Prime Minister Theresa May has defended her Brexit plan as the best for MPs’ constituents as she urged politicians to vote “in the national interest” when her deal goes to Parliament next month.
May warned that the country would not prosper if politicians did not unite around her plan, and said rebel Tory MPs would leave Britain divided if they went against her in the upcoming meaningful vote.
She said: “I am asking every MP to think about delivering on the Brexit vote, doing it in a way that’s in the national interest, doing it in a way that’s in the interests of their constituents because it protects the jobs and livelihoods of their constituents.”
May also ruled out a Norway-style Brexit as a ‘plan B’ if her deal fails to win votes in parliament on December 11.
The option, which is favoured by over a third of her cabinet as an alternative plan, would see Britain have full access to the single market and would prevent a hard Irish border.
But May said such an agreement would not deliver on the EU referendum vote as it would not end freedom of movement.
People are right to be distrustful, for there is an effort both to frighten and to gull them into acquiescing into a non-Brexit BrexitJacob Rees-Mogg
She said as she spoke to reporters on the plane to the G20 summit in Buenos Aires: “The the beginning of the negotiations with the EU, there were two options on the table, one was Norway and one was a Canada-style free trade agreement.
“The EU said there was nothing else available, but what you see in the [Brexit deal] is...a more ambitious free trade agreement than Canada, that ends free movement which Norway doesn’t do. So this is the deal that is right for the UK.”
It comes as one of May’s most vocal opponents, Jacob Rees-Mogg, wrote of a “crisis of trust in British institutions” as he blamed “broken promises” in May’s Withdrawal Agreement.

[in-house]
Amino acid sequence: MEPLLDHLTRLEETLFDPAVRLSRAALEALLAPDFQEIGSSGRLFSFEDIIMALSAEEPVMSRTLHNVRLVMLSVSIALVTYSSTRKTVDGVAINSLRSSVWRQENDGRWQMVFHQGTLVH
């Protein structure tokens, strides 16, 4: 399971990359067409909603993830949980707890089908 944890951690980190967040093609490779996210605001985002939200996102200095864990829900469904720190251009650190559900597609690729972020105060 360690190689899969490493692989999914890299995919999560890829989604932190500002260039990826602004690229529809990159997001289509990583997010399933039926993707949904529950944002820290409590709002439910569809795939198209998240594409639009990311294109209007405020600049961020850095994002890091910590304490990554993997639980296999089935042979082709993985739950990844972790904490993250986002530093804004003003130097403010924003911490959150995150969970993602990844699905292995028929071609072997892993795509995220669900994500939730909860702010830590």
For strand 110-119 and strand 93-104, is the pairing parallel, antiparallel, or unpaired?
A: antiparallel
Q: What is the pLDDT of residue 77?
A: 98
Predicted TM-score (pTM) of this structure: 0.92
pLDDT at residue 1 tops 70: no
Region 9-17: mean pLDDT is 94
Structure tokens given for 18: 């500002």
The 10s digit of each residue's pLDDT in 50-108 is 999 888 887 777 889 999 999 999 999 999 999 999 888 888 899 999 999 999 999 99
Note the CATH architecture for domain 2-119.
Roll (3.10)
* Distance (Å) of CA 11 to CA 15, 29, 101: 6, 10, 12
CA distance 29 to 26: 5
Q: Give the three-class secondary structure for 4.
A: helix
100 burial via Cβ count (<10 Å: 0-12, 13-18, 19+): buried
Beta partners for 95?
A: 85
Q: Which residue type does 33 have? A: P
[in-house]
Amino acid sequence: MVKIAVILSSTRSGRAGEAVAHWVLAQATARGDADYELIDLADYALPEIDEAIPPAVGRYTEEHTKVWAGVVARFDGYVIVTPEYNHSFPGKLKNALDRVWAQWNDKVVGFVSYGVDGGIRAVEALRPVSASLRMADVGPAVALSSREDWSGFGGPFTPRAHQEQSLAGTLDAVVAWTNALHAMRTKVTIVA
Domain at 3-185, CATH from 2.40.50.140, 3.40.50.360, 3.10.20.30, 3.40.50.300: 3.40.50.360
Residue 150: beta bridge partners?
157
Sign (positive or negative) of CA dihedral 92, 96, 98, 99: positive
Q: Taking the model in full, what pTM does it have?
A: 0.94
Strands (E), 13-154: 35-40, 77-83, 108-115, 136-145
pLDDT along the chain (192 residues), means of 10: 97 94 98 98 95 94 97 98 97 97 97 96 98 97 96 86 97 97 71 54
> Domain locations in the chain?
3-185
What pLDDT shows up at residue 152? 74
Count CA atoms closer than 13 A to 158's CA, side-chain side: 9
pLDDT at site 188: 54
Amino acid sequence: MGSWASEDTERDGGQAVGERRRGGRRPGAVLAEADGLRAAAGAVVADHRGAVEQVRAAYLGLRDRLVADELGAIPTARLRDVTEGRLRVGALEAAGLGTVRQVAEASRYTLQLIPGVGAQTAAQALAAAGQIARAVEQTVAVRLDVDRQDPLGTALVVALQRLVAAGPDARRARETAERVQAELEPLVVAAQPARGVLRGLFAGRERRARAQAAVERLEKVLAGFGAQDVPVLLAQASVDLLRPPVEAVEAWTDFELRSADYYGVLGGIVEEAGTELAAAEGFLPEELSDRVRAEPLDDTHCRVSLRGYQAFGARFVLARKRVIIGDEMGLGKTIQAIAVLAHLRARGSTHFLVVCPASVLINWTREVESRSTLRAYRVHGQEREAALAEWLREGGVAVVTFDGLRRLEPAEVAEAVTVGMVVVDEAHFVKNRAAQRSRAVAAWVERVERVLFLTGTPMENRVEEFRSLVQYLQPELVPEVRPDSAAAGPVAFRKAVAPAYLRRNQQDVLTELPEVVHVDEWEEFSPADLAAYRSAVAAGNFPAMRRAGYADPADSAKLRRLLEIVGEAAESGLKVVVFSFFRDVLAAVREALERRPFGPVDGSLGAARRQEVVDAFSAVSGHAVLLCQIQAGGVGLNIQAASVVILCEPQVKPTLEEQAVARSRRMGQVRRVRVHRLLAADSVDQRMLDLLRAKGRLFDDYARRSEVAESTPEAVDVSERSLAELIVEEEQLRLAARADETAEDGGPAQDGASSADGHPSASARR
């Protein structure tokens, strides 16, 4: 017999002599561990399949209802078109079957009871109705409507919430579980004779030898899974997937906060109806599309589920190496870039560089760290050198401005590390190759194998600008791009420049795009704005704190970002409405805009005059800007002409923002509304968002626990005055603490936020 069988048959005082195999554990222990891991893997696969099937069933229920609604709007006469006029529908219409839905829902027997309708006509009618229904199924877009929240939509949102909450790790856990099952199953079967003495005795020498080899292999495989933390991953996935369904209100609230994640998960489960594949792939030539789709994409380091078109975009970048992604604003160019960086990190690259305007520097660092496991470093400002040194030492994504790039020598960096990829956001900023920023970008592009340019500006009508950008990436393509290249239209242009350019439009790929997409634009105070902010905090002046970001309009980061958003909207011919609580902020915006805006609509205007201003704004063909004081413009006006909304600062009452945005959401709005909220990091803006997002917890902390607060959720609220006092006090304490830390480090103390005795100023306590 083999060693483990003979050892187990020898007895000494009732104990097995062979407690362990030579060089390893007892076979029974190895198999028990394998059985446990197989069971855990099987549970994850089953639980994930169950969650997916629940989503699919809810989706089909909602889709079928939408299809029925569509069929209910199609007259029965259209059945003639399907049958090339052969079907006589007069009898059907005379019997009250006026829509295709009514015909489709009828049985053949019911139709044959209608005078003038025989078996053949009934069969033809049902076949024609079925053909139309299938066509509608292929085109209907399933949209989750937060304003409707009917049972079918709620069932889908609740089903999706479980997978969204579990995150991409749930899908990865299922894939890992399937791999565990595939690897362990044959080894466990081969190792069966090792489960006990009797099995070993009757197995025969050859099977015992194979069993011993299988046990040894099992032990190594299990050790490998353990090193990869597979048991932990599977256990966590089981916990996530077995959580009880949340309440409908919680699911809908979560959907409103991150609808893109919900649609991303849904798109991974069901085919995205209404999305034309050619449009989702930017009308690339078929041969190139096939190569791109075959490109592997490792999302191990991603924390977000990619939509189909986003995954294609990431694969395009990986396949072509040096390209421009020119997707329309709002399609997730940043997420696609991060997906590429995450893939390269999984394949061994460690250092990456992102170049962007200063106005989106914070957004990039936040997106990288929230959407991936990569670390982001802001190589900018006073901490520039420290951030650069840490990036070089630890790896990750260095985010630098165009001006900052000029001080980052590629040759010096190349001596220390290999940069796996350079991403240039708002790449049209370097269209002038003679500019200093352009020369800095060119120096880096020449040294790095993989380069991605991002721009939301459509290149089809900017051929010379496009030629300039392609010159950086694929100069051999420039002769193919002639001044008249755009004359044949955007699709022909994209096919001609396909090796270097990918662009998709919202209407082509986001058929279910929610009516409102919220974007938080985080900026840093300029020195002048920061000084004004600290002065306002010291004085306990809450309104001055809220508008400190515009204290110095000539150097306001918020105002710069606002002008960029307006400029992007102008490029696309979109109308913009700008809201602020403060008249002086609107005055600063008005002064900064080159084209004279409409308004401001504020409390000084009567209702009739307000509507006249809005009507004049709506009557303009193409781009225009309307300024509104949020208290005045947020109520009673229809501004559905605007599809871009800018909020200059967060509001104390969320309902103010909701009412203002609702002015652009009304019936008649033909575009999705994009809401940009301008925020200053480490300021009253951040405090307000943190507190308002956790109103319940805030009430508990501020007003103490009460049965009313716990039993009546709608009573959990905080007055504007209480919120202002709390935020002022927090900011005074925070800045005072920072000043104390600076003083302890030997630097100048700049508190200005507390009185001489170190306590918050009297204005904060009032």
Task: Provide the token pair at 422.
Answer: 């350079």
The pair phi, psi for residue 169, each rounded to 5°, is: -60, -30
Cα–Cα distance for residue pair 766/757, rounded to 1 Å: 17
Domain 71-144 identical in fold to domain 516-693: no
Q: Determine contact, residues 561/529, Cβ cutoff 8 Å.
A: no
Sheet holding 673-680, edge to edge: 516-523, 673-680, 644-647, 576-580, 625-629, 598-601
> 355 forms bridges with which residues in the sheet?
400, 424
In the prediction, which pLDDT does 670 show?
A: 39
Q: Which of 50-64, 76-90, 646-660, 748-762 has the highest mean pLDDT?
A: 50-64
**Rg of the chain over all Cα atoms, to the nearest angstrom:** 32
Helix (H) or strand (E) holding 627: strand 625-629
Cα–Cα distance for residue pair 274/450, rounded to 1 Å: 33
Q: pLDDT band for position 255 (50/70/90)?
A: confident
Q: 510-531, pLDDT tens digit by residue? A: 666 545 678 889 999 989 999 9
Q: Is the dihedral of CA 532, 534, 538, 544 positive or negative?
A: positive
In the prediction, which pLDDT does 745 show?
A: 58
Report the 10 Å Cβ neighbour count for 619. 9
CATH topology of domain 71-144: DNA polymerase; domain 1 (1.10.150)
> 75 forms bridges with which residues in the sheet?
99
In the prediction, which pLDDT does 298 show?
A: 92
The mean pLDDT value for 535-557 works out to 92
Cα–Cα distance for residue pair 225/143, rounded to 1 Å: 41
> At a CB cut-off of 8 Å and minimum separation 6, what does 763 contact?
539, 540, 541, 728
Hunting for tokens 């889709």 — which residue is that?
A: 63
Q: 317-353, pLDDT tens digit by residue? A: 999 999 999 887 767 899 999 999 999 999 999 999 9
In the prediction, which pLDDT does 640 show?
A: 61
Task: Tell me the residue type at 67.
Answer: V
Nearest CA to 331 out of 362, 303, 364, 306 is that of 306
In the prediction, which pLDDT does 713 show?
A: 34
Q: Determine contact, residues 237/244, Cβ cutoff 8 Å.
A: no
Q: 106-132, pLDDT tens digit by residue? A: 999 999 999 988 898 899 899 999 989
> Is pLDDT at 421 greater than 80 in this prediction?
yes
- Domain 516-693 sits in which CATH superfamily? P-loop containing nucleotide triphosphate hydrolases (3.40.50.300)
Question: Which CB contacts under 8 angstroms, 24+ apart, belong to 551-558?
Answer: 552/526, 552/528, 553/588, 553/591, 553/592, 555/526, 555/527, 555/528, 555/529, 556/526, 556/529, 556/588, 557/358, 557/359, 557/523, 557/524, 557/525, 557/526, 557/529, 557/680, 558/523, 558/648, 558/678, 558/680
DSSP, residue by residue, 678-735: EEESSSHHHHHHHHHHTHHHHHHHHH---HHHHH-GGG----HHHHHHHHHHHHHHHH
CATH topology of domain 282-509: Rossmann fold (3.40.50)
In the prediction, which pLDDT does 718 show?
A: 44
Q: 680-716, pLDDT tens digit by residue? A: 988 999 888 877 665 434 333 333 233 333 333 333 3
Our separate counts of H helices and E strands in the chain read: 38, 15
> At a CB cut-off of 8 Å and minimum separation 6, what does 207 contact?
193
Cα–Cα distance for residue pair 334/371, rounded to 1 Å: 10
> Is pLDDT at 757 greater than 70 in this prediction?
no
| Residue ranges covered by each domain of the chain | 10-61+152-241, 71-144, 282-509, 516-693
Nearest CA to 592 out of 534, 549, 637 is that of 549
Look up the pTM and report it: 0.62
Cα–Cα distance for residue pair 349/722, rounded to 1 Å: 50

In a piece for The Telegraph, the Tory Brexiteer listed key points in May’s deal which he says contradict “clear policy”, warning that a loss of respect for British institutions could lead to a a rise in populist movements seen across Europe.
“The problem is that people are right to be distrustful, for there is an effort both to frighten and to gull them into acquiescing into a non-Brexit Brexit.”
“If only politicians could stick to their word and impartial institutions could stick to their jobs then democracy would flourish,” he added.
May faces potentially more awkward encounters in Buenos Aires with Saudi Arabia’s Crown Prince Mohammed bin Salman in the wake of the murder of journalist Jamal Khashoggi, as well as Russia’s Vladimir Putin following the poisoning of Sergei Skripal in Salisbury and the seizure of Ukrainian ships.
Confirming that she intends to speak with the Crown Prince during the two-day summit, May said: “The message I give will be very clear. It is the message we have consistently given on this issue of Jamal Khashoggi and the issue of Yemen.
“In relation to Mr Khashoggi, we want to see a full and transparent investigation of what happened and those responsible being held to account.
“With the issue of Yemen, we continue to be deeply concerned about the humanitarian situation. The long-term solution for Yemen is a political solution, and we will be encouraging the parties to work for that political solution.”
May will use the gathering to push her “global Britain” message, telling fellow leaders that her Brexit deal will be good for the world economy.
After resuming its independent seat on the World Trade Organisation in April next year, the UK will become an active and leading voice in seeking reform of the body to increase transparency and modernise its approach to e-commerce, she will say.
May is the first serving Prime Minister to visit Buenos Aires and the second to come to Argentina, after Tony Blair crossed the border from Brazil in 2001.
Her visit marks an effort by the UK to increase trade links with Latin America after Brexit.